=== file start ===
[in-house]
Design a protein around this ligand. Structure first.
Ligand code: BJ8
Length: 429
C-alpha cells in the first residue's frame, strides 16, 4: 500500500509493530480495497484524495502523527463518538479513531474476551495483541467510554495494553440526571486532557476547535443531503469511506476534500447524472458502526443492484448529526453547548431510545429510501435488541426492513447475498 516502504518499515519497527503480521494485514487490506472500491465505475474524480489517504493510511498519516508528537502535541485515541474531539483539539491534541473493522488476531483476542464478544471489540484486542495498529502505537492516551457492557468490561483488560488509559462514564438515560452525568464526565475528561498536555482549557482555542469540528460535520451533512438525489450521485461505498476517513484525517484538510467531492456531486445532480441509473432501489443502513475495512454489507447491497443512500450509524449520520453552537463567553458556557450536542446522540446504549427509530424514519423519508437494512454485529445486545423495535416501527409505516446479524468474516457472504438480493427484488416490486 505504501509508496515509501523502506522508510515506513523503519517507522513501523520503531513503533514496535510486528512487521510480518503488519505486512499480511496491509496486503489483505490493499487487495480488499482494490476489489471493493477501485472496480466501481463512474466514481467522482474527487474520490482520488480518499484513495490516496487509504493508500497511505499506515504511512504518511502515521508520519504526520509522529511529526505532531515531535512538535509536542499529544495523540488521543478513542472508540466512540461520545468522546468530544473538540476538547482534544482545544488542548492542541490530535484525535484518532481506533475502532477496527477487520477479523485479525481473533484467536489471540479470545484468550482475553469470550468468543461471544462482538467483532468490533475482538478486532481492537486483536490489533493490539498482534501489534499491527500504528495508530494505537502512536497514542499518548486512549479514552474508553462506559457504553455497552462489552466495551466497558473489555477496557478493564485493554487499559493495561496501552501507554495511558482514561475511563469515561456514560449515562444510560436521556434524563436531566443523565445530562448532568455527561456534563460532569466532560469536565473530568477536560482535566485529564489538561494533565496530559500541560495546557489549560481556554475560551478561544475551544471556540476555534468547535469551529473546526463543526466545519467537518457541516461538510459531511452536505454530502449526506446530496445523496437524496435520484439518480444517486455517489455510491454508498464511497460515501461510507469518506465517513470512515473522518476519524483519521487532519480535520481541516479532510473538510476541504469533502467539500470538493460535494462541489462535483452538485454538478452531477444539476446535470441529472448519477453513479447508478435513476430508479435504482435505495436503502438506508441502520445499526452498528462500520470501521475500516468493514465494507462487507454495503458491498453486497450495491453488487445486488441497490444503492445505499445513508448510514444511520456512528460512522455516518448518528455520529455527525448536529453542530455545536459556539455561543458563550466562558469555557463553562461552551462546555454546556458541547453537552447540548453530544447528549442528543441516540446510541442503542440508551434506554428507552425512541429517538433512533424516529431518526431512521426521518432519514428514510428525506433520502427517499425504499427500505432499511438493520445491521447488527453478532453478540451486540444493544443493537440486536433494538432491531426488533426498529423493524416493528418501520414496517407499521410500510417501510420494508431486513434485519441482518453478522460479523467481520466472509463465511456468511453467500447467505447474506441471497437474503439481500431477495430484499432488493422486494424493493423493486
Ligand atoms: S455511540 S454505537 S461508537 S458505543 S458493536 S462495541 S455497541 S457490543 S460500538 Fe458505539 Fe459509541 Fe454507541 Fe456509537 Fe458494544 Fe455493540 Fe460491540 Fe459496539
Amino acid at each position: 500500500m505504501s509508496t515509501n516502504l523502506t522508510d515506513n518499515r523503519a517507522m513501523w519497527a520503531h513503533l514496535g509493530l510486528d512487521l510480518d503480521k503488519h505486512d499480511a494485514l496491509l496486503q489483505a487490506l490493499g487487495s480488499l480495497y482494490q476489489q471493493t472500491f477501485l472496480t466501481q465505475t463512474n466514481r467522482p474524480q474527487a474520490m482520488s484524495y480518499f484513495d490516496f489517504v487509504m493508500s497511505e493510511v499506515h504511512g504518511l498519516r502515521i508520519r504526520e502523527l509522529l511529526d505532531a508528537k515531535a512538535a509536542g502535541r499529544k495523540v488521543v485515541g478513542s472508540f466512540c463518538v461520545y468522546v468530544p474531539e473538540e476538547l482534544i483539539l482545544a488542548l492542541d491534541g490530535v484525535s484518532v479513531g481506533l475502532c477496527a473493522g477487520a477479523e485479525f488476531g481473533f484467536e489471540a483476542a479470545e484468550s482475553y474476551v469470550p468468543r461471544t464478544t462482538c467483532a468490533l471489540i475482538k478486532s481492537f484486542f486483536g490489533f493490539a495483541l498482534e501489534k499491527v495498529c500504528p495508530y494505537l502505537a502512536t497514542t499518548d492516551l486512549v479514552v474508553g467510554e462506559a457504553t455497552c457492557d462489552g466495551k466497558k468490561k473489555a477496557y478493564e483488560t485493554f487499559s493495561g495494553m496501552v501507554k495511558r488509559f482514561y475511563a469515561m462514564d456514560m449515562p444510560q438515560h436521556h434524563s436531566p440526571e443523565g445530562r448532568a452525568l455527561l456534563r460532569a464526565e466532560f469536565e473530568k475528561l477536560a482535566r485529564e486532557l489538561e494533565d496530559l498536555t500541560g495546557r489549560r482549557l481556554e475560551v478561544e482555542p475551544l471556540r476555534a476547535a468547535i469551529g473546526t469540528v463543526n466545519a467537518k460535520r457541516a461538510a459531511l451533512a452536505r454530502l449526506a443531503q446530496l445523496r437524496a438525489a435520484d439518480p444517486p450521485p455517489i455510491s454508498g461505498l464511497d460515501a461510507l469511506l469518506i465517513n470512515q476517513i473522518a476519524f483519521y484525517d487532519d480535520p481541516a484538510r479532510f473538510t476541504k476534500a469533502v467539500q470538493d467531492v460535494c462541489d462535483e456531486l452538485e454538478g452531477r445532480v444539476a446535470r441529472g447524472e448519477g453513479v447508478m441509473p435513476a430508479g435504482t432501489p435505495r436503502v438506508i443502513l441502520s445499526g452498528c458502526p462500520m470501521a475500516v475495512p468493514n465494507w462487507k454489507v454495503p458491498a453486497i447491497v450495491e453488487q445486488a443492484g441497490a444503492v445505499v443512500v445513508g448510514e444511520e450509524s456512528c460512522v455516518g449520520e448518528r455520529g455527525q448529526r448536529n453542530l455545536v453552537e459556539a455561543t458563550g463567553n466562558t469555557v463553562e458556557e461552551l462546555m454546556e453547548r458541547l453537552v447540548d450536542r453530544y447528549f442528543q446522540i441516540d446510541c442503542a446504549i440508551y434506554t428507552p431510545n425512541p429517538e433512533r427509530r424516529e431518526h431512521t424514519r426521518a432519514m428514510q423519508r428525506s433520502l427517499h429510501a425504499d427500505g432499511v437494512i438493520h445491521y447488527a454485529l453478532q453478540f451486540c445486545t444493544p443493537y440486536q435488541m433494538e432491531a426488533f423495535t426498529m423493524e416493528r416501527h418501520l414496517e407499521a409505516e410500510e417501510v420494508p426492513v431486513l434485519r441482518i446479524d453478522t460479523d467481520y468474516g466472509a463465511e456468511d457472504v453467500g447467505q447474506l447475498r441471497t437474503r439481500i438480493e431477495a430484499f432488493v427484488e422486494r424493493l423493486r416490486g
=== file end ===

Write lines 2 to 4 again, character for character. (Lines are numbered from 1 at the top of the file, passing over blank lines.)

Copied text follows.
Design a protein around this ligand. Structure first.
Ligand code: BJ8
Length: 429